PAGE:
Results

Bespoke tissue collection strategy produces high-quality sequence data

As the biopsies under study are low-biomass specimens, it was necessary to remove human-genome-aligning reads14, and ensure that any biological signal was not distorted by environmental contaminants or by inter-patient variation. SourceTracker (v1.0)15 indicated low-to-moderate levels of contamination, which was subsequently removed with Decontam (v1.0.0)16 (Fig. 1), per published guidelines 9. For only four samples, more than half the sequencing data comprised contaminants (Fig. 1b). The strong correlation between numbers of sequencing reads before and after contamination removal reinforces the deduction, facilitated by the SourceTracker algorithm, that the biological signal of these samples has not been significantly distorted during collection and processing, increasing the likelihood of identifying genuinely distinct microbial signatures that are specific to malignant tissue.

Figure 1
figure1

Investigation of the effect of contamination removal on the number of sequencing reads per patient sample. (a) Correlation of reads per sample by tissue type prior to, and following, contamination removal. (b) Box plots of reads per sample by tissue type, prior to, and following, contamination removal. Red lines indicate samples that lost more than half their total reads following contamination removal. (c) Calculation of pairwise distances, before and after contamination removal, between tumour tissue (TT), matched normal tissue (MN), skin swabs (SS).

Prior to contamination removal, 714,392 sequencing reads were available for analysis, equating to 10,353 ± 2352 reads per sample, on average. Following removal, 605,852 reads remained, equating to 8780 ± 2272 reads per sample, on average. Pairwise distances of samples taken from the same patient decreased after contamination removal in all but 9 samples. Hence, removing contamination can potentially improve the discriminability of samples between sampling sites (Fig. 1c).

Differentially abundant bacteria exist between breast tumour and matched normal tissues, and skin surface swabs

Sample composition plots at phylum level indicated elevated numbers of Proteobacteria and Fusobacteria, and decreased numbers of Firmicutes, in tumour samples compared with matched normal tissue and skin swabs (Fig. 2). Limited differences between matched normal tissue and skin swabs were observed in terms of sample composition. The Dirichlet-Multinomial test comparison confirmed this, by failing to reject the null hypothesis of no significant difference between skin swabs versus matched normal tissue (Xdc:− 1.99, P = 1), while the comparison of tumour tissue with both skin swabs and matched normal tissue showed statistically significant differences (Xdc:33.82, P = 7.3e−6; Xdc:44.89, P = 4.9e−8, respectively).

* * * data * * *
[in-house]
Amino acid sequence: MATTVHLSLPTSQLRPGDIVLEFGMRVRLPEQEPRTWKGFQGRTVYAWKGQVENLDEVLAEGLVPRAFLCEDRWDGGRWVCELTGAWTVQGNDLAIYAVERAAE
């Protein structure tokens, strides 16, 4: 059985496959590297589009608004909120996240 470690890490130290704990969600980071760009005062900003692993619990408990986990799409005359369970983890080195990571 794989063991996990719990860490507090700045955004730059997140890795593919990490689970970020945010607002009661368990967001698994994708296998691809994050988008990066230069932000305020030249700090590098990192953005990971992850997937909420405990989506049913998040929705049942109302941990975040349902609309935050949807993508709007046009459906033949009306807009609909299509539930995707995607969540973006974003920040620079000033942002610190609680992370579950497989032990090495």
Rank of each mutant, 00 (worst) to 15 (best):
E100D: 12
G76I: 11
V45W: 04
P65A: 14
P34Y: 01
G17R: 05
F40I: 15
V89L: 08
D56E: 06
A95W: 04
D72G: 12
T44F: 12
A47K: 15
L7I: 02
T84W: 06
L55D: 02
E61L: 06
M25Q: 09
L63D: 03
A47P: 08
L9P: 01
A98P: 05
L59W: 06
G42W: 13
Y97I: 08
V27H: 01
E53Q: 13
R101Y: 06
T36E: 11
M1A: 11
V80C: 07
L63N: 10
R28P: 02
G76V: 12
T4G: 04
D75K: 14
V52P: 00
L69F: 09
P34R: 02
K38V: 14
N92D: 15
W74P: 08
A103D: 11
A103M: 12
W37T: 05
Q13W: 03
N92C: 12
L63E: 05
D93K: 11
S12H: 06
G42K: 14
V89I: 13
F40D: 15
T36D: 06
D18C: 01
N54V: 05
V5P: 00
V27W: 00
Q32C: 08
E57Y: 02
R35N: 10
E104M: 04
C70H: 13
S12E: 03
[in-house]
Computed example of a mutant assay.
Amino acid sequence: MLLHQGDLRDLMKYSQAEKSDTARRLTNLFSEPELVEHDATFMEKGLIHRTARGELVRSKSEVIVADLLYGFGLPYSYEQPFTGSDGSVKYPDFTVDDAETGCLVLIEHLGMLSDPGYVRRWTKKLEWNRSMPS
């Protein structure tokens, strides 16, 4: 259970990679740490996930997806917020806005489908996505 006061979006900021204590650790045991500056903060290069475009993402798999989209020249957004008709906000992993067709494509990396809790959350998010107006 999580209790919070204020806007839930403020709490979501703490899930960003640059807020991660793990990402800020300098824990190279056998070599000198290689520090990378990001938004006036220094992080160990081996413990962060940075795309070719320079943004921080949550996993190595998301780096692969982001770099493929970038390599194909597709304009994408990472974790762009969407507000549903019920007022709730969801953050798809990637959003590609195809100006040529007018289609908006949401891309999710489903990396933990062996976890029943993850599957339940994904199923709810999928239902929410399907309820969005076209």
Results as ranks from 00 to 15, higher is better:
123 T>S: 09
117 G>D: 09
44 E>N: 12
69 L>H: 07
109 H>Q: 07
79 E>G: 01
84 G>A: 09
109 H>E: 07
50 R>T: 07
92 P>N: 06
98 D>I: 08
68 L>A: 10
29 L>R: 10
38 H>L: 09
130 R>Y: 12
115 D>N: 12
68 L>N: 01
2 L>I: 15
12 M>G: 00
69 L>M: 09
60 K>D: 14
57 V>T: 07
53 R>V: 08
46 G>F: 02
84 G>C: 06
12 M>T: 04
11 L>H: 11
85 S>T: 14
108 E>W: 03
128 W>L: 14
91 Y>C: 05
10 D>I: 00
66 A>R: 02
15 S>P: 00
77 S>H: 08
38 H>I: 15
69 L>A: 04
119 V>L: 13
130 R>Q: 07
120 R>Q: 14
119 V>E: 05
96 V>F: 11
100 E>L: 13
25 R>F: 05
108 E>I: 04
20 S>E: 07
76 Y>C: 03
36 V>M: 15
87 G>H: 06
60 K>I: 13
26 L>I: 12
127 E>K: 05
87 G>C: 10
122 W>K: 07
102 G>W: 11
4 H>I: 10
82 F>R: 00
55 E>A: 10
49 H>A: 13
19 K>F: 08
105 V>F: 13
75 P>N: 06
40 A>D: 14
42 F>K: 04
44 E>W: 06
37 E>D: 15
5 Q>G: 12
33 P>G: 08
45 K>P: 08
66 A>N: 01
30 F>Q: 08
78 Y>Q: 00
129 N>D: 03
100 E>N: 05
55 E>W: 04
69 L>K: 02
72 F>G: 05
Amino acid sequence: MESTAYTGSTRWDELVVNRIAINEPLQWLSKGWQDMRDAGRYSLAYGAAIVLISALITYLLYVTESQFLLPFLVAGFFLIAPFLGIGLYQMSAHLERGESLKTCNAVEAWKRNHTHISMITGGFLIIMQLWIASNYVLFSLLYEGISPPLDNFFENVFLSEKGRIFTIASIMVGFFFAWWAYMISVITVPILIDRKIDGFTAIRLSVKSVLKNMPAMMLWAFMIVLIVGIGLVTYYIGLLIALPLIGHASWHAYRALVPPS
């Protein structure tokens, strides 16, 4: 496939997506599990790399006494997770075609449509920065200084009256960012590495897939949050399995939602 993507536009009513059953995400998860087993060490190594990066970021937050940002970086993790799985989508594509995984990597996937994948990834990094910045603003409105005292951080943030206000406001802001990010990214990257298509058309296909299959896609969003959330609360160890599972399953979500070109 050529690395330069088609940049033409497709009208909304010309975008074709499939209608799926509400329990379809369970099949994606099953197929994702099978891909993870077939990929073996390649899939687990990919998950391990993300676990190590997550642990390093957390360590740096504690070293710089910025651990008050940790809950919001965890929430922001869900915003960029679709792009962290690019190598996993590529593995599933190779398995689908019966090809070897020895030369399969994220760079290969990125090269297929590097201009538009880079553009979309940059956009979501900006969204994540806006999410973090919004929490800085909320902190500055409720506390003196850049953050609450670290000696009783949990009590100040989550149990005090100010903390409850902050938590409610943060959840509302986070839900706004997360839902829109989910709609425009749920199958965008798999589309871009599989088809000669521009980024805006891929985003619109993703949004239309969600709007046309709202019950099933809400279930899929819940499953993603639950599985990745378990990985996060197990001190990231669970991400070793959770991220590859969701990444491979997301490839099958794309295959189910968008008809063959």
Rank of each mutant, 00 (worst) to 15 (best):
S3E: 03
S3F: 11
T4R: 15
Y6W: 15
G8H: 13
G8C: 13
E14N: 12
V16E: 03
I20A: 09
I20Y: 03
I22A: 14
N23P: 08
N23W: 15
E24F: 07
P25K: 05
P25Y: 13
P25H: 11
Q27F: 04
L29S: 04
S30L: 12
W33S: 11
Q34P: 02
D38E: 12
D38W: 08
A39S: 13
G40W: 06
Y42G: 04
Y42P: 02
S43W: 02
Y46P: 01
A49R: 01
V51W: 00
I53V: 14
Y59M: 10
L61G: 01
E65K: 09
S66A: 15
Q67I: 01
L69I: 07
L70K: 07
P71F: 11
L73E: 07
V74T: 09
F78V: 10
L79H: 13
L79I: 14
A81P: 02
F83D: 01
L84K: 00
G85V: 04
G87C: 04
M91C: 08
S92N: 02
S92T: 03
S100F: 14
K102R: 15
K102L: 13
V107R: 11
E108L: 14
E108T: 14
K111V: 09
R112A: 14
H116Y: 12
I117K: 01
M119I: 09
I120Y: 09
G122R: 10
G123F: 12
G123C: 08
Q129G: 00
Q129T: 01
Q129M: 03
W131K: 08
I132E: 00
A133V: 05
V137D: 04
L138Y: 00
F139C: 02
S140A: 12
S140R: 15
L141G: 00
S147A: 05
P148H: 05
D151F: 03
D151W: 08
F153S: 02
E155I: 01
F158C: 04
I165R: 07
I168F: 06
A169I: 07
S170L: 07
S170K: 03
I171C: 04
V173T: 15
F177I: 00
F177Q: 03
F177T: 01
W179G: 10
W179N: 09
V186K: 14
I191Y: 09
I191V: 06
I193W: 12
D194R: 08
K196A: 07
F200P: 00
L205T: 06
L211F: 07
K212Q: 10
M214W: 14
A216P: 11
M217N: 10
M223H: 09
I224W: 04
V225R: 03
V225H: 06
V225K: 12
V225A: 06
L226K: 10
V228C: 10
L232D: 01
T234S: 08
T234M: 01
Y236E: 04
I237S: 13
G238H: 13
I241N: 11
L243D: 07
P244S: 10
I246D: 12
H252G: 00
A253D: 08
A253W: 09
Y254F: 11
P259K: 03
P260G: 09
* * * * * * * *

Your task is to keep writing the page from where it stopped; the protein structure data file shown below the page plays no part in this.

Figure 2
figure2

Composition of breast cancer patient specimens in terms of bacterial phyla. (a) Comparison of abundances of various bacterial phyla between patient sampling sites. (b) Sample composition at the phylum level, grouped by patient sample type.

To further compare the microbial composition of skin swabs, breast tumour, and matched normal tissue, sequencing reads were collapsed into species level (where possible) and filtered based on presence in at least 5% of the samples. All comparisons showed that all three specimen types had distinct microbial signatures (PERMANOVA P = 0.001) (Fig. 3a). Differential abundance analysis with ALDEx2 revealed 11 significantly increased taxa and three decreased taxa in matched normal tissue compared with tumour tissue—most prominently Staphylococcus epidermidis and Brevibacterium sanguinis, respectively. Six taxa were significantly increased (especially Clostridoides difficile) while four taxa were decreased (especially Ralstonia spp.) in matched normal breast tissue when compared with skin swabs. Finally, nine taxa were differentially abundant when comparing skin swabs with tumour tissues, with six taxa being increased and three decreased in skin swabs—most importantly Staphylococcus spp. and C. difficile (Fig. 3b, Supplementary tables 1–3). The presence of some of these bacteria is corroborated by reports from other groups—for example, Clostridia have been shown to be elevated in tumours of patients that respond well to immunotherapy 7.

Figure 3
figure3

Microbiota composition in tumour and matched normal tissues and skins swabs. (a) Principal component analysis, based on Aitchison distances, of all bacterial species that are present in at least 5% of samples. Paired samples are connected by grey lines. (b) Differentially abundant taxa with an adjusted p-value of less than 0.05. Effect size is defined as the between-group differences divided by the within-group differences.

Machine learning predictions based on bacterial signature are effective in differentiating malignant and non-malignant tissues

The distinctiveness of different patient sample types, in terms of their bacterial profile, was determined using the ‘Extreme Gradient Boosting’ machine learning technique, including bacterial species present in at least 5% of all samples, and proportionally normalised. The binary classifiers were able to distinguish between breast tumour and matched normal tissues (0.888 AUC, 84.78% accuracy), as well as between skin swabs and matched normal tissue (0.917 AUC, 89.13% accuracy) and skin swabs and tumour tissue (0.951 AUC, 95.65% accuracy). While S. epidermidis was the most important feature to differentiate between tumour and matched normal tissue, the presence of C. difficile allows for extremely accurate discrimination between skin swab samples and both tumour and matched normal tissues (Fig. 4, Supplementary tables 4–6).

Figure 4
figure4